Missed Music

Music you didn’t know you needed…until now.

Mellow but fascinating Jazz from Ben Allison & Medicine Wheel

Ben Allison looks 12, plays 35, and writes 50. (Image blogcritics.org)

Ben Allison looks 12, plays 35, and writes 50. (Image blogcritics.org)

Some Jazz is high-energy, get-up-and-dance music. Some is headphones and concentration music. Some can lift your mood or just hang out with you while you’re feeling down. Today, I’d like you to check out some Jazz that wants you to sit down, enjoy some coffee — maybe with a shot of Bailey’s — relax, and feel good.

Ben Allison and Medicine Wheel’s 2004 release, Buzz, is very accessible and easy to listen to, but is ultimately subtle and complex. This makes it pleasant the first time you listen to it, but rewarding to hear over and over again. The melodies are relaxed and mellow without being boring at all. The improvisation is fresh without ever getting too far outside.

Ben Allison himself plays double bass, but he serves as more of a band leader, since the bass isn’t the most prominently featured instrument in the mix. Instead, we get richly textured horns and deftly measured piano. The entire disc is good, but I particularly like the first four tracks, and these are the ones I have put on my iPod:

  • Respiration – Ben and company ease us into the album with this track that creeps in like a wary cat. Foggy horns and patient, vamping keyboards cycle through the main line a couple times before the soloing begins. When they do start improvising, you just want to close your eyes and tilt your head back. You can hear the entire track here on YouTube, but this is a live performance of Ben Allison with a different ensemble, Man Size Safe, giving it a slightly different feel.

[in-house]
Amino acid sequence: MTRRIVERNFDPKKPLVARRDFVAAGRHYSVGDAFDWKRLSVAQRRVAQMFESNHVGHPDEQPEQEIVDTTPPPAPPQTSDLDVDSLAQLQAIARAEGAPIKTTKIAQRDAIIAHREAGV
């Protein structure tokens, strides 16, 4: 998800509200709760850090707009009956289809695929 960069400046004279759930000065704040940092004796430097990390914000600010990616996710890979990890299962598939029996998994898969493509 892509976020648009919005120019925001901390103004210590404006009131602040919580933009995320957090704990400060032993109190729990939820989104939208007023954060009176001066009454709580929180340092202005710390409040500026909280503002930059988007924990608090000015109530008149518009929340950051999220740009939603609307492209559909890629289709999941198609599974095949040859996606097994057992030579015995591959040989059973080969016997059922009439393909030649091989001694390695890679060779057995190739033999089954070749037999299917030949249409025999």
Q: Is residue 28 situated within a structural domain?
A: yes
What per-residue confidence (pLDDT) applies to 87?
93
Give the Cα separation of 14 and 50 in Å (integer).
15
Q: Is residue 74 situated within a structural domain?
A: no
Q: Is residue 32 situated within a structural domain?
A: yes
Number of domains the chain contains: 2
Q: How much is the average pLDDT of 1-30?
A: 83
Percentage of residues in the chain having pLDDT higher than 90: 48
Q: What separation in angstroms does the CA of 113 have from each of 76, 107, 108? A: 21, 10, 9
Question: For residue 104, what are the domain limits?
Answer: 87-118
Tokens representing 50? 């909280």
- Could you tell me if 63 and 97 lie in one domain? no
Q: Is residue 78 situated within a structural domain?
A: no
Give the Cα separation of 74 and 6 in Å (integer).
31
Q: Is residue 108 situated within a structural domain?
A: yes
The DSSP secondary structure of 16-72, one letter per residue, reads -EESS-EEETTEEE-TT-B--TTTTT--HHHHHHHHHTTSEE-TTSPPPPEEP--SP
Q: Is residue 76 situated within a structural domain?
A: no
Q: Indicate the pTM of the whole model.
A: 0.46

• Buzz – Again the groove starts off mellow but continues to grow patiently throughout. The theme gives way to fantastic and frenetic solo saxophone and some excellent keyboard work that is right in the pocket. The percussionist earns his paycheck on this track as he seems to be playing at 3 times the speed of the other guys. On this track in particular, they do a marvelous job of capturing the feel of a smoky jazz club in the studio.
  • Green Al – The backbone of this track is a sparse arrangement of snare-rim percussion and Ben on double bass. A pleasant horns melody fleshes out the song, but the muscle is provided by the delicate touch of the sax player. Having played sax for a few years, I can tell you that it is extremely difficult to get such rich tone out of a sax when you’re playing so softly. Pay attention, though, to what Ben is doing in the background on bass. He doesn’t so much anchor the song as provide a rhythmic and melodic counterpoint to what the sax player is doing.
  • Mauritania – You can hear a bit of African flavor in the theme. A flute joins the horns on this track, which features the rest of the band more prominently. The soloing work is virtuoso: Ben’s bass solo explores odd corners of the groove; the trombone solo is nasty and beautiful; the flute soars and flutters.

Ben Allison actually plays with several different ensembles, but I prefer his work with Medicine Wheel. These guys are very comfortable together and at the top of their game on this release. I have not had the opportunity to catch any of Ben’s ensembles live yet, but I’m working on it. Check out Ben and his many works at his website.

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April 6, 2009 - Posted by | Jazz

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